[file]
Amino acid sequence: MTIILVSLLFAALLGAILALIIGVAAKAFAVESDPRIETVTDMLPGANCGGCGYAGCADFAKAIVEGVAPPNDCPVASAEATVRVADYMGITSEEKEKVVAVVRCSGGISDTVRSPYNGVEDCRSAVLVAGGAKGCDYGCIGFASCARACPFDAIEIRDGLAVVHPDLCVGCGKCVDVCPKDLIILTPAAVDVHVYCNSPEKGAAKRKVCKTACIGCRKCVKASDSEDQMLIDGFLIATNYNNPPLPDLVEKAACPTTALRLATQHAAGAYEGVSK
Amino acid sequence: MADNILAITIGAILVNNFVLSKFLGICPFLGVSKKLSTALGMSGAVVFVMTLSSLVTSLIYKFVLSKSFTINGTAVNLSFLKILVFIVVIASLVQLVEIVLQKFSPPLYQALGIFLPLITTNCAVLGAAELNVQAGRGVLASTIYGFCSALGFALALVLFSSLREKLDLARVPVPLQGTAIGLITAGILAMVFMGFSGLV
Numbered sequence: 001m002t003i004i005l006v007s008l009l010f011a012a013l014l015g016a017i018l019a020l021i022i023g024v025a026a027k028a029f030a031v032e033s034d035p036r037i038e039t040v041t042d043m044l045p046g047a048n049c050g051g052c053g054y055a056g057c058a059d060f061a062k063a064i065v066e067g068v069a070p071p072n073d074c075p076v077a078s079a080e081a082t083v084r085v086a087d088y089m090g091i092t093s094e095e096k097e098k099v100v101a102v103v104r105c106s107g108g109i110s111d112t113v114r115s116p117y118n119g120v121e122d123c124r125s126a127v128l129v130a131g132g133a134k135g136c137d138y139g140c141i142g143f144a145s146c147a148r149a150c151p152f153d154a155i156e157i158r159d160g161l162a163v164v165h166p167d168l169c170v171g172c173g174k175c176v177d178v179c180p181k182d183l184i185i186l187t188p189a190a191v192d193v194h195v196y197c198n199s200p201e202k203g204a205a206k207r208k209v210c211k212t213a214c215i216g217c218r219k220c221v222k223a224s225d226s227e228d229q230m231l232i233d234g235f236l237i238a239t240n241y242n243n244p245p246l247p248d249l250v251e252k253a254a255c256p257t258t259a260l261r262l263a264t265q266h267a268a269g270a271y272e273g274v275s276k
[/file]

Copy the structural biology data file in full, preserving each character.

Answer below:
Amino acid sequence: MTIILVSLLFAALLGAILALIIGVAAKAFAVESDPRIETVTDMLPGANCGGCGYAGCADFAKAIVEGVAPPNDCPVASAEATVRVADYMGITSEEKEKVVAVVRCSGGISDTVRSPYNGVEDCRSAVLVAGGAKGCDYGCIGFASCARACPFDAIEIRDGLAVVHPDLCVGCGKCVDVCPKDLIILTPAAVDVHVYCNSPEKGAAKRKVCKTACIGCRKCVKASDSEDQMLIDGFLIATNYNNPPLPDLVEKAACPTTALRLATQHAAGAYEGVSK
Amino acid sequence: MADNILAITIGAILVNNFVLSKFLGICPFLGVSKKLSTALGMSGAVVFVMTLSSLVTSLIYKFVLSKSFTINGTAVNLSFLKILVFIVVIASLVQLVEIVLQKFSPPLYQALGIFLPLITTNCAVLGAAELNVQAGRGVLASTIYGFCSALGFALALVLFSSLREKLDLARVPVPLQGTAIGLITAGILAMVFMGFSGLV
Numbered sequence: 001m002t003i004i005l006v007s008l009l010f011a012a013l014l015g016a017i018l019a020l021i022i023g024v025a026a027k028a029f030a031v032e033s034d035p036r037i038e039t040v041t042d043m044l045p046g047a048n049c050g051g052c053g054y055a056g057c058a059d060f061a062k063a064i065v066e067g068v069a070p071p072n073d074c075p076v077a078s079a080e081a082t083v084r085v086a087d088y089m090g091i092t093s094e095e096k097e098k099v100v101a102v103v104r105c106s107g108g109i110s111d112t113v114r115s116p117y118n119g120v121e122d123c124r125s126a127v128l129v130a131g132g133a134k135g136c137d138y139g140c141i142g143f144a145s146c147a148r149a150c151p152f153d154a155i156e157i158r159d160g161l162a163v164v165h166p167d168l169c170v171g172c173g174k175c176v177d178v179c180p181k182d183l184i185i186l187t188p189a190a191v192d193v194h195v196y197c198n199s200p201e202k203g204a205a206k207r208k209v210c211k212t213a214c215i216g217c218r219k220c221v222k223a224s225d226s227e228d229q230m231l232i233d234g235f236l237i238a239t240n241y242n243n244p245p246l247p248d249l250v251e252k253a254a255c256p257t258t259a260l261r262l263a264t265q266h267a268a269g270a271y272e273g274v275s276k